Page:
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Joys and Challenges of Aging

 

The best part of aging is the freedom it brings.  I remember when my 95-year-old great aunt told me that she had never filed an income tax because she thought they weren’t interested in church organists like her.  She may have been right but I drew comfort from the reflection that the authorities were unlikely to imprison a 95-year-old and that, if they did, she would enjoy free long term care for the rest of her days.  There are benefits to age.

There are also challenges and it’s the challenges that make us resist the thought of growing old or the perception of being seen to act old.  With advancing age comes acceptance of the certainty of one’s mortality.  That’s a challenge.  Some turn to religion and a belief that death will be less than final.  Others simply seek to make the most of their remaining years. 

Still, the stark reality is that we don’t know when our active lives may face a sudden turning.  We may die suddenly and unexpectedly; many people think that can be a blessing.  We may also be stricken with equal suddenness and with a requirement that we adapt.  That’s the more common challenge.  And then there are those who become disoriented and confused and who may not even know that they’ve been stricken.  That, too, is common.

To the right we discuss particular challenges.  Other webpages are dedicated specifically to particular challenges.  Under this Aging heading we also explore protective measures that people can take to prepare for these contingencies and to spare their families and others from the burdens of having to take on our frailty or our decline.  Most of us want our children and other progeny to thrive and not to have to forego their lives because we failed to anticipate the needs of our lives.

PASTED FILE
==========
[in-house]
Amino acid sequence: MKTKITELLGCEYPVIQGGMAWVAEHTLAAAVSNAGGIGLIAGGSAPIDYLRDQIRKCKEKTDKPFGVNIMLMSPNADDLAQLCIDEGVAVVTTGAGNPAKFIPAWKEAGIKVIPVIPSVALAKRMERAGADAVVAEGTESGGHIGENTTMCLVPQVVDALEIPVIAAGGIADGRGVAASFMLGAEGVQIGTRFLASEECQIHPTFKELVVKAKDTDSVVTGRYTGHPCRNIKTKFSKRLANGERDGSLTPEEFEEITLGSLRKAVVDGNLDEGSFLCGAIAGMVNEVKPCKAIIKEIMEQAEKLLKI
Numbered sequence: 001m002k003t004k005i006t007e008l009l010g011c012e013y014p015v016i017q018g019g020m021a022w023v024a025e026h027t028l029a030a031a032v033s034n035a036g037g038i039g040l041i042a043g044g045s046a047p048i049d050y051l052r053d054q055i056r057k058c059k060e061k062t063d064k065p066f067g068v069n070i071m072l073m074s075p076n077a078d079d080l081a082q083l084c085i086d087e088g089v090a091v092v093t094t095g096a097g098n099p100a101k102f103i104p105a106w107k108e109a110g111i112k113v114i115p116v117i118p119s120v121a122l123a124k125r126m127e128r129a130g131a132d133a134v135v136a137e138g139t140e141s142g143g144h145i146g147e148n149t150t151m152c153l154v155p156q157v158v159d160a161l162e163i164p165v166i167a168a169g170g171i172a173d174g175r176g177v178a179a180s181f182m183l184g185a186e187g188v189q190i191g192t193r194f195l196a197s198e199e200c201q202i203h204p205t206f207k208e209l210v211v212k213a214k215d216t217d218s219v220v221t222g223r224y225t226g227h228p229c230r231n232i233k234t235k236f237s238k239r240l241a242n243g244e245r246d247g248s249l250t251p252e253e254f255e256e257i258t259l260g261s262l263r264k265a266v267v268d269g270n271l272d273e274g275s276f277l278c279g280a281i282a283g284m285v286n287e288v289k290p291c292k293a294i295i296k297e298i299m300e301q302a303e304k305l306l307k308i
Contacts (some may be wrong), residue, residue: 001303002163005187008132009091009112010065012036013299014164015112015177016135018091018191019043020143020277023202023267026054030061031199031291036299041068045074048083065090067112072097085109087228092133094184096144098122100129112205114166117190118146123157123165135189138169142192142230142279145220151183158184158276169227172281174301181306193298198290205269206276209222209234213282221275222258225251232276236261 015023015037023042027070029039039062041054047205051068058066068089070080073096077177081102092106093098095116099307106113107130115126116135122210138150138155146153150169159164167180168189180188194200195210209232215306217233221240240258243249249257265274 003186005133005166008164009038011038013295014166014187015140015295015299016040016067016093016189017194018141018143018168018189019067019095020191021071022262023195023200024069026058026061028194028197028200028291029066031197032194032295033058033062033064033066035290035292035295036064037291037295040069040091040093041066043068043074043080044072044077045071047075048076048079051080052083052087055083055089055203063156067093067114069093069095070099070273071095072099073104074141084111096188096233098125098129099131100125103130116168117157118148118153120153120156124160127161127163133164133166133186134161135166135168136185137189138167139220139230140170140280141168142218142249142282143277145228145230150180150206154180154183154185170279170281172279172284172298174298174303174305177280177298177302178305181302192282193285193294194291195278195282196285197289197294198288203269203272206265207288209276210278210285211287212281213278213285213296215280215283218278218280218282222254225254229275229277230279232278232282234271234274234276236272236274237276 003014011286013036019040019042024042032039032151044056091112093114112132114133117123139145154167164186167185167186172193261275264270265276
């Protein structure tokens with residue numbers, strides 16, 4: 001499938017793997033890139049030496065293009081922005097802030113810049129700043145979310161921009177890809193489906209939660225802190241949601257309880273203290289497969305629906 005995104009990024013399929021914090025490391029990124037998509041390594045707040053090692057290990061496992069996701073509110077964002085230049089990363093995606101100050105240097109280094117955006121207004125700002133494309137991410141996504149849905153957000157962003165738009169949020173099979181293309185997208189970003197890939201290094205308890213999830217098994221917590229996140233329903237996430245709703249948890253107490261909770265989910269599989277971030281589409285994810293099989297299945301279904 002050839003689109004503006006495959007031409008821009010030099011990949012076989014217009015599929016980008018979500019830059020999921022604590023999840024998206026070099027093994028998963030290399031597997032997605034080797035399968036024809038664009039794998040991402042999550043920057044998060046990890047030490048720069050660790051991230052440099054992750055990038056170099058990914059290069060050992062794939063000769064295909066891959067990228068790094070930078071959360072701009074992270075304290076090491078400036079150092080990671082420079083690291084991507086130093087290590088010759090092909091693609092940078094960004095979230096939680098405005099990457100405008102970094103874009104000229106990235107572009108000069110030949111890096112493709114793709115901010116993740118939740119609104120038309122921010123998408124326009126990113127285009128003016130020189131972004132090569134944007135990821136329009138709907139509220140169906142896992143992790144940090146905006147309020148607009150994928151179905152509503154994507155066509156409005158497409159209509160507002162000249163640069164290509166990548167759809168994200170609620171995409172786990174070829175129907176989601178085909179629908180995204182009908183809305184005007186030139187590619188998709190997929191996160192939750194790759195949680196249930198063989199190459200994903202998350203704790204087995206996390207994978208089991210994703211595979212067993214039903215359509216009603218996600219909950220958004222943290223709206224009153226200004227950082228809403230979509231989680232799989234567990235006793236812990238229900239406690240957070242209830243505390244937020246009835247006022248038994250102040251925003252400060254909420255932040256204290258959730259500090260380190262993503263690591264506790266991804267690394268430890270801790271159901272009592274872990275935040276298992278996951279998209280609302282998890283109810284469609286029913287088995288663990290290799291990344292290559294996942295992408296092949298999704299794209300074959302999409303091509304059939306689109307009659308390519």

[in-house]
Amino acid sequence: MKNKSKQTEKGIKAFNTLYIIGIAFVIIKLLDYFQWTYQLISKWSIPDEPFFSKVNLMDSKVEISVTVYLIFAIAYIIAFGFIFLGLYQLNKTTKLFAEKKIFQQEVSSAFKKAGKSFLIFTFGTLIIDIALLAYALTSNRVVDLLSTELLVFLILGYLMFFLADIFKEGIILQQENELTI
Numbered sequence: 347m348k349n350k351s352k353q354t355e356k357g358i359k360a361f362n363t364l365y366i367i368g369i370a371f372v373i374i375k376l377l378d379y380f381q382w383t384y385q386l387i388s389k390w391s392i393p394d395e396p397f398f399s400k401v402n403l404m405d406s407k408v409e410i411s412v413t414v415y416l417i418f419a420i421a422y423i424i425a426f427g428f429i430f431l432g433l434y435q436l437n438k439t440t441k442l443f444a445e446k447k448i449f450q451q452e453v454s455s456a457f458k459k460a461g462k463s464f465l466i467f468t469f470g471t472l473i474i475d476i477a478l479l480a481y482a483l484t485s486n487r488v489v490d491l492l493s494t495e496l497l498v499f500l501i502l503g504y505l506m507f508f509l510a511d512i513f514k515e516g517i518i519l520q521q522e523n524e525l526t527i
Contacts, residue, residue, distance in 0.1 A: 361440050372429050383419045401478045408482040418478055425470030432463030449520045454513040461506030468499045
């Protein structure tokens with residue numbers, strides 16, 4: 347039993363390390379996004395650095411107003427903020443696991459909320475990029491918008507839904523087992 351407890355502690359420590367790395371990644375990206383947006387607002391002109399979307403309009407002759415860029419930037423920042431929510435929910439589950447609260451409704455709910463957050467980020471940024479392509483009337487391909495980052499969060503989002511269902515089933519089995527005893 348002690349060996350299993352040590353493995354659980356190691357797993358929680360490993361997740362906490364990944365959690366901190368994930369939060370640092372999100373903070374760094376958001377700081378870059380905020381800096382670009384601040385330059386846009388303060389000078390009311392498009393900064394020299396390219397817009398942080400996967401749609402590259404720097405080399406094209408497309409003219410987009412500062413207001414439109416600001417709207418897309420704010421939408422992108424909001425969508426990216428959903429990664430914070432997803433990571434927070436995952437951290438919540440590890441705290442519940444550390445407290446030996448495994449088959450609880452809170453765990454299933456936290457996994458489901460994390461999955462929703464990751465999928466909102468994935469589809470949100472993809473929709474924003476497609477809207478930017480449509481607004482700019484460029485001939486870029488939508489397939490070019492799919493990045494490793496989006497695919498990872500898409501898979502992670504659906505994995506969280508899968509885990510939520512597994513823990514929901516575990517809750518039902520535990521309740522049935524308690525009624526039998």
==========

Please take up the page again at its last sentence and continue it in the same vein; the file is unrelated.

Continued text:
The Certainty of Loss and the Course of Responsibility

A common theme among those who are aging is the frequency of loss.  Loss can be obvious, as when a spouse of more than sixty years dies suddenly leaving the survivor bereft and feeling that life no longer has meaning.  Loss can also be less obvious, as when a person discovers that they can no longer walk up a short hill without becoming breathless. 

We know that decline starts early in adults.  40 year olds understand that they can no longer tax their bodies as they could at age 23.  But with each gathering decade the drumbeat of loss intensifies and becomes more frenzied.  It’s important to mourn the loss even as we adapt to the future. 

For there always is a future.  We never know when or if the next moment, even in the life of a centenarian, may be the moment when our example so influences a young person that the world is changed and humankind is the better for our having lived.

Geriatrician Leslie Kernisan, MD, MPH, lists 26 Recommended Preventive Health Services for Older Adults: the Healthy Aging Checklist on her website which you can access by clicking on this paragraph.

 Cognition

Bereavement

Chronic Illness

Frailty

Options to Anticpate the Contingencies of Aging

     

 

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